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True Cost of Rejecting Medicaid Expansion/MAY 2019

 | Published on 5/15/2019

May 15, 2019


Last week’s Hot Topics gathering brought LWVOC members and guests up to speed on the consequences of Florida’s decision to reject the Affordable Care Act’s Medicaid expansion.


While the ACA’s Medicaid expansion was set to take effect in 2014, a 2012 Supreme Court ruling allowed states to opt out. Former Gov. Rick Scott declined Florida’s $5 billion annually in federal funding, which would have covered 800,000 Floridians (initially, the federal government covered 100 percent of the cost to states, leveling-out to 90 percent in 2020). Gov. Ron DeSantis is continuing that policy.


Moderator Paul Duncan, a noted healthcare researcher and Associate Dean at University of Florida’s Graduate School, kicked-off the panel with a brief overview of the U.S. healthcare system as well as ACA’s multi-pronged reforms.


At its core, he explained, the ACA had one simple goal: to reduce the number of uninsured (at the time, 50 million individuals) and thus reduce the cost of uncompensated care—which accounts for approximately 20 percent of every hospital bill. Elements of the ACA—such as subsidies, letting older adult children remain on family policies, and expanding Medicaid—were intended to work together to that end.


Essentially, Duncan explained, “[the ACA] was a very conservative effort to buttress the core principals of our existing system.” Now six years in, 37 states have expanded Medicaid programs, yet between 25-35 million individuals remain uninsured nationally.


Recently retired Director of the Florida Department of Health in Orange County Dr. Kevin Sherin shared stories of vulnerable populations in Florida, beginning with coverage for HIV.


Patients diagnosed with HIV are covered by Medicaid, yet those considered ‘at risk’ of acquiring HIV are not—so they’re unable to lower the risk of infection by taking the preventative medication PrEP. “Tens of billions of dollars in treating HIV could be saved by expanding PrEP” coverage, said Sherin. The Medicaid expansion also would have covered treatment for another highly infectious disease. “We would prevent the high cost of Hepatitis C, which is cirrhosis of the liver, liver failure, cancer of the liver, etcetera.”


Declining the expansion translated, in his view, into missed opportunities for prevention. “It’s cheaper to treat someone with high blood pressure than to take care of them in the hospital with a stroke. Period.”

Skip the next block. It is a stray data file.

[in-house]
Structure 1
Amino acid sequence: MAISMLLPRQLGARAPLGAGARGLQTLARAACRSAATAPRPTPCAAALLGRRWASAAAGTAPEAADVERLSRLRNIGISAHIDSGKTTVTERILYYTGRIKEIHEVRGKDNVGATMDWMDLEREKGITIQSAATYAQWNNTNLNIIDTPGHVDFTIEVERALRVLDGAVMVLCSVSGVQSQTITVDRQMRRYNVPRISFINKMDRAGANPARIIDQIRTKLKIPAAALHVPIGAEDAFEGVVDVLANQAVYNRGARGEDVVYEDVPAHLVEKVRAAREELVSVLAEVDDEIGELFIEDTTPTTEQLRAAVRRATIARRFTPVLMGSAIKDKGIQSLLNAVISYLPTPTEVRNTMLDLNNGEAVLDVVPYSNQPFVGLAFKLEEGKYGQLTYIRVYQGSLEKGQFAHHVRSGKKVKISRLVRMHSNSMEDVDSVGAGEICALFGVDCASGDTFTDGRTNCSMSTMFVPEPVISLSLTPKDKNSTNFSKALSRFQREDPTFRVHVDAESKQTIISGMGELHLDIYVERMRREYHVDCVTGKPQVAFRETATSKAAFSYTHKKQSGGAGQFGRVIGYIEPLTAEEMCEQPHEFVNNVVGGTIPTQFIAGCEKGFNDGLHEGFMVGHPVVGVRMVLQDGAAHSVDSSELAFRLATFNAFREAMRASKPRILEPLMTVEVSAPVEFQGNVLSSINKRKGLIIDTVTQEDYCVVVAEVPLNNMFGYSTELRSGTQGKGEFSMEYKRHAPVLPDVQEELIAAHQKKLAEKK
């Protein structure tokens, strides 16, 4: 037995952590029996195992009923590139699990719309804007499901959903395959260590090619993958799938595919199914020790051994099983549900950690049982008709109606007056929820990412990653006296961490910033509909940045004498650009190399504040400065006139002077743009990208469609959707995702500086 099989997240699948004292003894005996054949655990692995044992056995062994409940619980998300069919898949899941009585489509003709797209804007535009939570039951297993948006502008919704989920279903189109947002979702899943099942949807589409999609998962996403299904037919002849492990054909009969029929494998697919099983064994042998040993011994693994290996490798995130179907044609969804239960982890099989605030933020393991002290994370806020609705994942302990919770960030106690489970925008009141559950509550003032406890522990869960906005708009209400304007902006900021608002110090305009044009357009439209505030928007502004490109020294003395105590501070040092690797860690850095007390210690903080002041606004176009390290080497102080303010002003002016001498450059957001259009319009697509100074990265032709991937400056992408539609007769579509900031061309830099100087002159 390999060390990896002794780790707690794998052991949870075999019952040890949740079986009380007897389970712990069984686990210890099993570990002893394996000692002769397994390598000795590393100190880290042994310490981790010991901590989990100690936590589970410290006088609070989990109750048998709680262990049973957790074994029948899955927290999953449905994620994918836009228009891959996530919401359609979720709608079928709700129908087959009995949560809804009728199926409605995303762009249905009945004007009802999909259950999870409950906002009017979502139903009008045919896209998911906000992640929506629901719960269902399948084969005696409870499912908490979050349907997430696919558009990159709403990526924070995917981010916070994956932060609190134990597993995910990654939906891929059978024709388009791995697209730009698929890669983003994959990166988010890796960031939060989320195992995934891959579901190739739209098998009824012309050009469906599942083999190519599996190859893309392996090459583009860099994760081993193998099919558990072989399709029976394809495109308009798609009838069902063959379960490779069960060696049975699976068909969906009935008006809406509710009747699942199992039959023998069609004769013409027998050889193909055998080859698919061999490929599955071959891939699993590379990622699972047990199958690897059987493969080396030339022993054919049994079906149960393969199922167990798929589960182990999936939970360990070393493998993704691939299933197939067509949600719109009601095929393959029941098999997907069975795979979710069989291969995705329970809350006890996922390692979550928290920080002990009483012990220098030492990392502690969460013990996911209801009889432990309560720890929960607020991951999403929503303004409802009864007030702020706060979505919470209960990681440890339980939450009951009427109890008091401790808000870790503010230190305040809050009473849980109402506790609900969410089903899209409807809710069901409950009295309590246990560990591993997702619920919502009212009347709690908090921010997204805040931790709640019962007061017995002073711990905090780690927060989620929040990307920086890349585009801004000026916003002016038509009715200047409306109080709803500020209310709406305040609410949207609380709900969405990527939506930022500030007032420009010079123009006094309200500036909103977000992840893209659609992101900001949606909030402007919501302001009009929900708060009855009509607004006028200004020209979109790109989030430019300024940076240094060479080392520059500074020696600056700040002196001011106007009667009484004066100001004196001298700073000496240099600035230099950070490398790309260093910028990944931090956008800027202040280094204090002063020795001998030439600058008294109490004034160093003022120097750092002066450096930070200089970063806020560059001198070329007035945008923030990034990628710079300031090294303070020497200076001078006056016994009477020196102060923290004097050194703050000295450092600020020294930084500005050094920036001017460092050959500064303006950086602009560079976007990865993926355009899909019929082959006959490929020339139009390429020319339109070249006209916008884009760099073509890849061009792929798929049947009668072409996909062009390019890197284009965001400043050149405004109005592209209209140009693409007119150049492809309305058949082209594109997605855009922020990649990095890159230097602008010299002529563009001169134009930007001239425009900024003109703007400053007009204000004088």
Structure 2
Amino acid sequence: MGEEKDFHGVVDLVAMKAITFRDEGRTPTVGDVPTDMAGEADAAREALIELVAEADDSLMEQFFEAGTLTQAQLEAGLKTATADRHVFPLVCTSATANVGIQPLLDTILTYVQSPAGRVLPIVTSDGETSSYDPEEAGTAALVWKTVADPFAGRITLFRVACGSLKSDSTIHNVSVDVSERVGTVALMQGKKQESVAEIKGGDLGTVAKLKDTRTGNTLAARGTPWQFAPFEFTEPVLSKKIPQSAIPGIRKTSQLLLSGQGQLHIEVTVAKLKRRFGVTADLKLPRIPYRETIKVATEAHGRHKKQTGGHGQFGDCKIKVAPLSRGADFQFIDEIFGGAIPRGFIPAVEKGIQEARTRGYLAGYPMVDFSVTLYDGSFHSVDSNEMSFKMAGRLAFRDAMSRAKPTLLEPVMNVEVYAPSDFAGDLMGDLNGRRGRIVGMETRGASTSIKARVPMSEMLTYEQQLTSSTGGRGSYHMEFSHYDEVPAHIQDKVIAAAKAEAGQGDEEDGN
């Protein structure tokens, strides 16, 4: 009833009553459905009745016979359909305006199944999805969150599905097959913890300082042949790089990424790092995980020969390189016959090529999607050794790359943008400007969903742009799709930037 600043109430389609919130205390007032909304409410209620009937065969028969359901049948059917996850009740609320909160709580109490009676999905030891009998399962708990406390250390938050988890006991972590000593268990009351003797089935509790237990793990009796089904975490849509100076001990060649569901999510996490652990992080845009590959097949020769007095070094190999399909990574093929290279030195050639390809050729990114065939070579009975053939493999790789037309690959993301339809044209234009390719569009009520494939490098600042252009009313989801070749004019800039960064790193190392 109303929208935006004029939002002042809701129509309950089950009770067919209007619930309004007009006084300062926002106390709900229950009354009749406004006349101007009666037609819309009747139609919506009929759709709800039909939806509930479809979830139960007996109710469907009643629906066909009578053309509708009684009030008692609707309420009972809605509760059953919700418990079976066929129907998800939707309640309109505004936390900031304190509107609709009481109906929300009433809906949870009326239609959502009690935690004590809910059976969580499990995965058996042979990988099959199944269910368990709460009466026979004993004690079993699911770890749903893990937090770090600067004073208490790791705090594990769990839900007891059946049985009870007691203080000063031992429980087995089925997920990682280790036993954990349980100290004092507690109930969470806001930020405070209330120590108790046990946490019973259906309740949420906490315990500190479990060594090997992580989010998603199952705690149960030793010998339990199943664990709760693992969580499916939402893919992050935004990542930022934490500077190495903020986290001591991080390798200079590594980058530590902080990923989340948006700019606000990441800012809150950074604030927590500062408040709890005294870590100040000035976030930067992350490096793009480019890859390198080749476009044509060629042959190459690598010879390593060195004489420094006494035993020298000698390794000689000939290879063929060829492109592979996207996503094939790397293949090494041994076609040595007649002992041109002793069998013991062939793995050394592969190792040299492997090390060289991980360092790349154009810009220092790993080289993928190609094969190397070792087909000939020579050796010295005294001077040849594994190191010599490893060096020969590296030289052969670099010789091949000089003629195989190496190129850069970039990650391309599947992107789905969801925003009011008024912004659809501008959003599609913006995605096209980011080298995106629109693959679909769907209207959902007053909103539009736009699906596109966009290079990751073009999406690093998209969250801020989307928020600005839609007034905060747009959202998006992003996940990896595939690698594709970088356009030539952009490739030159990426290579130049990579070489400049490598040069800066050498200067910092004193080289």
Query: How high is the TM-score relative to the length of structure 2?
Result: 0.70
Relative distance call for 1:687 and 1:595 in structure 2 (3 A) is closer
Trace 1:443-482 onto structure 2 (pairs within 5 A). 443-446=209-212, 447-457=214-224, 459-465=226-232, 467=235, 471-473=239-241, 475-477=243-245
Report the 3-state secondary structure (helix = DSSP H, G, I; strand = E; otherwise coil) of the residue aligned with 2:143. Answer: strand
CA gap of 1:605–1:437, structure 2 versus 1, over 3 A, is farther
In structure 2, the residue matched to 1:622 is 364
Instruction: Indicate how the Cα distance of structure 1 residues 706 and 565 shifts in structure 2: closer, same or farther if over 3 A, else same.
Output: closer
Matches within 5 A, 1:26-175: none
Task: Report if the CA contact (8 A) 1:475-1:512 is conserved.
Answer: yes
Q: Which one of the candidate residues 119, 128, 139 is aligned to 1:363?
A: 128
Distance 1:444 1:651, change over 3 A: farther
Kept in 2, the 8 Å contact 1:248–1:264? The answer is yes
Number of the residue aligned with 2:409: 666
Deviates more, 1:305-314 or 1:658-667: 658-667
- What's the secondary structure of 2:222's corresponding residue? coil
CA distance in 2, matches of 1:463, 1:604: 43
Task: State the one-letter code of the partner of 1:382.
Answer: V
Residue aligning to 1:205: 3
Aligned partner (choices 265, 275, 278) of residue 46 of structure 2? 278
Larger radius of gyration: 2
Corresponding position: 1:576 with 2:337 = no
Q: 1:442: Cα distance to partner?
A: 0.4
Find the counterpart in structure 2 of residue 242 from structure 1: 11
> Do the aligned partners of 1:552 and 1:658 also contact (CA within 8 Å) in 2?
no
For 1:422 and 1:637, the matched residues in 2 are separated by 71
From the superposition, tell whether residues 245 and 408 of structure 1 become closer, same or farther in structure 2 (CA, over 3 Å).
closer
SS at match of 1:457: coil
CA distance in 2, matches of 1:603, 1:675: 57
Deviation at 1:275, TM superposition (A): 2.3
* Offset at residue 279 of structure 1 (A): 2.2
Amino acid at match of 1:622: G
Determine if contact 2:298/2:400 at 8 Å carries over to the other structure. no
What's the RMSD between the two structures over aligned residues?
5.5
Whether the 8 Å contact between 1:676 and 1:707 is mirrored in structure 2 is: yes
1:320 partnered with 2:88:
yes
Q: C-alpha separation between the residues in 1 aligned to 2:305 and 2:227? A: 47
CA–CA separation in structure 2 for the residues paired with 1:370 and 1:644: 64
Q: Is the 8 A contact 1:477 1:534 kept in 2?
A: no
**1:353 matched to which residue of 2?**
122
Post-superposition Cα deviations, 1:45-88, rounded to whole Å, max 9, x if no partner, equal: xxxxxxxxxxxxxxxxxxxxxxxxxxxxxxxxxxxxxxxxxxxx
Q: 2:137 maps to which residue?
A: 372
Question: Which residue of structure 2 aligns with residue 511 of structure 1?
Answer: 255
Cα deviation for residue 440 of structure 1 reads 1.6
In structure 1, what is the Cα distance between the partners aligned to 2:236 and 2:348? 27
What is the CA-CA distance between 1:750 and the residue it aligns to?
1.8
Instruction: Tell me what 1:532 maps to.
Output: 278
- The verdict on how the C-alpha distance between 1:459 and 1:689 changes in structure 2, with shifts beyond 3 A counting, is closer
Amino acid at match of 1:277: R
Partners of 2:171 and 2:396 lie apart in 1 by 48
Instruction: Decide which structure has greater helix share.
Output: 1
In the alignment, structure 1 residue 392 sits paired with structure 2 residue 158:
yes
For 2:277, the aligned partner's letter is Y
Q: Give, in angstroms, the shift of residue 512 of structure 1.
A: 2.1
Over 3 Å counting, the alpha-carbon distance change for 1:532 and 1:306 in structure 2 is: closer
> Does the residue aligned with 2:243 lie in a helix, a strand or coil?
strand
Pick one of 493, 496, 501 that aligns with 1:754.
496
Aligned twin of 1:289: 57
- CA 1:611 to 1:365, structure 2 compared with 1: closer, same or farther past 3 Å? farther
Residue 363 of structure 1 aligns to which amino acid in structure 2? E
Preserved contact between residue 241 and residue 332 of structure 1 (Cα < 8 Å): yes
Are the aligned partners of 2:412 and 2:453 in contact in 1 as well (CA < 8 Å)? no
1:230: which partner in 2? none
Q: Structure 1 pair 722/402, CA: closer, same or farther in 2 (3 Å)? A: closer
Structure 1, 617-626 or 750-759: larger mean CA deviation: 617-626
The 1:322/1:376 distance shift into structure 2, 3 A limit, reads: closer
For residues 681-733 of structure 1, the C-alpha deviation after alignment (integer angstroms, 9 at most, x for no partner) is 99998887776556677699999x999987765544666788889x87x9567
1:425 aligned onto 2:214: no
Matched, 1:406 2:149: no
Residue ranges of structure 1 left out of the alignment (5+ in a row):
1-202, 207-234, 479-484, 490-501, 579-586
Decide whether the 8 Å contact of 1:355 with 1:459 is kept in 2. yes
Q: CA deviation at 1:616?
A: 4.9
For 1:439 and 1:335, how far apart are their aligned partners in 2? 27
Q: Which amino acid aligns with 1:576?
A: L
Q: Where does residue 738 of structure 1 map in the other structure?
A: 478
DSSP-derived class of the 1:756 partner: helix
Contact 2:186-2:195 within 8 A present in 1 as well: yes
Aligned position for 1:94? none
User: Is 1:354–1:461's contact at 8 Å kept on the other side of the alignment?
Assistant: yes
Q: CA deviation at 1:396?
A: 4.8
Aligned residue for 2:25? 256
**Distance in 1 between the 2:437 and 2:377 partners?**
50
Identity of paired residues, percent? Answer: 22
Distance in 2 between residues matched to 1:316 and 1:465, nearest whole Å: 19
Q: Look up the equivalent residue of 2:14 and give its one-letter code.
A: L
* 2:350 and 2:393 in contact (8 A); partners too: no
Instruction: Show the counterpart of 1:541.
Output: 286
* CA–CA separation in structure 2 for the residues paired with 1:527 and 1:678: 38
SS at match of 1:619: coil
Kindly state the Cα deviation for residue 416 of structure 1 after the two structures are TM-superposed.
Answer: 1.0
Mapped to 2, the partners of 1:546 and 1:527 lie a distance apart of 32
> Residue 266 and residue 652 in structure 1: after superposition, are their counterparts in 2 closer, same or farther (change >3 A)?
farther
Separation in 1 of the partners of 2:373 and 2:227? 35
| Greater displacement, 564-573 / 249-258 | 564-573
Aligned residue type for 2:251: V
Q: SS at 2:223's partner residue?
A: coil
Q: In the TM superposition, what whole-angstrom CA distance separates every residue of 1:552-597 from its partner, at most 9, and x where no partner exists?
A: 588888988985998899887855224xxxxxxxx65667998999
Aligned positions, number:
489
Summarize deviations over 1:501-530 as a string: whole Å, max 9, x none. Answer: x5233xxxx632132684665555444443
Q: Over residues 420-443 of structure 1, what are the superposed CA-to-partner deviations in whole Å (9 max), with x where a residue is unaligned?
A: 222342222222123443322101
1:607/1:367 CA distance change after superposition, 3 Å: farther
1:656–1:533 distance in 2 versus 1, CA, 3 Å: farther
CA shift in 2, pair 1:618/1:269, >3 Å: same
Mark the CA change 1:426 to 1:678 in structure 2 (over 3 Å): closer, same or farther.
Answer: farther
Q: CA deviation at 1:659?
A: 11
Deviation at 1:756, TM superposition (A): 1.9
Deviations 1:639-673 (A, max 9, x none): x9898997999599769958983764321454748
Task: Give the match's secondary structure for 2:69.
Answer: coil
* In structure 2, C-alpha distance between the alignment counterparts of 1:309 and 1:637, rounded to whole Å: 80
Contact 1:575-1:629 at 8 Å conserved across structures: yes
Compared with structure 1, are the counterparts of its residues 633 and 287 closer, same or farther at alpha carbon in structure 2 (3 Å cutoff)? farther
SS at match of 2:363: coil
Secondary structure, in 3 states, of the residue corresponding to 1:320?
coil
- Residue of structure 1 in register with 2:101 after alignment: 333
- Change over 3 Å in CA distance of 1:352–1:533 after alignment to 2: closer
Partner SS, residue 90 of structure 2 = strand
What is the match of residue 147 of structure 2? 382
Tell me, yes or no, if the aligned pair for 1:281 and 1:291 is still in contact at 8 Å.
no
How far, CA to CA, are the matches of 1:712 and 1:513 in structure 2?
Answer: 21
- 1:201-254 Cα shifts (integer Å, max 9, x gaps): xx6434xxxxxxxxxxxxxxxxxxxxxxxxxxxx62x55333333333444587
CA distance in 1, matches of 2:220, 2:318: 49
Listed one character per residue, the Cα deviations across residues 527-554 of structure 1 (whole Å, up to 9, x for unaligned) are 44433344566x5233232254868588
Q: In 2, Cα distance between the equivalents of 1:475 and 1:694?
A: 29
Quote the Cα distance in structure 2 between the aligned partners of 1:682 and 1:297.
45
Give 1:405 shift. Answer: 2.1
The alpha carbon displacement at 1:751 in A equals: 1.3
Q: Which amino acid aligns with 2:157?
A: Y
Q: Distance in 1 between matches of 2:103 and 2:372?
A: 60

Anne Packham, marketplace product director for the Affordable Care Act navigator grant, recounted two recent conversations with individuals who may have been covered by the expansion:


A divorced woman in her 30s with three children, working 30 hours a week at $12.57 per-hour receives no health insurance coverage at work. “Her salary is too much for her to qualify for Medicaid currently, yet too little to get help through the exchange,” Packham explains. “She’s absolutely caught in the middle.”


In another example, a 61-year-old woman received a pink slip after 21 years with a major Central Florida employer, losing her health insurance along with her job. She doesn’t qualify on the exchange because she made too much first part of year, and has been unable to get another job, perhaps due to ageism.


“So, she’s now just hoping she can make it another four years [to Medicare age] without insurance, because she can’t afford the full cost premiums on the exchange.”


Marni Stahlman, ABD, executive director of the Conductive Education Center of Orlando and former President/CEO of Shepherd’s Hope, emphasized the economic impact of uncompensated care on the rising cost of employer-provided coverage.


“At some point, the system is going to equal itself out one way or the other,” she explained, in the form of higher employee contributions, higher deductibles and co-pays, and limited medication options. “It’s all being passed [through]. People who have taken for granted that they could get health benefits from their employers are now taking on the brunt of that—as well as the uninsured.”

During the Q&A period, panelists pointed out additional consequences of rejecting the expansion, including the limited network of Medicaid providers and insurers. “Even providers who accept Medicaid patients may not always have cooperation from healthcare systems,” Sherin noted.

Stahlman stressed the importance of this issue to Central Florida, where “a large pool of employees is responsible for a thriving tourism economy and yet we’re 47th out of 50 largest cities in paying [those employees].”


Packham and Stahlman both expressed limited optimism for Florida’s expanding the program going forward, especially given the legislature’s attempt to limit voters’ ability to add issues to the ballot.


Sherin, however, offered hope, noting that red states such as Maine and Louisiana have expanded Medicaid coverage. Those states will one day examine their bottom lines, he explained, so holdout states like Florida will at last recognize it’s “financially irresponsible” not to expand.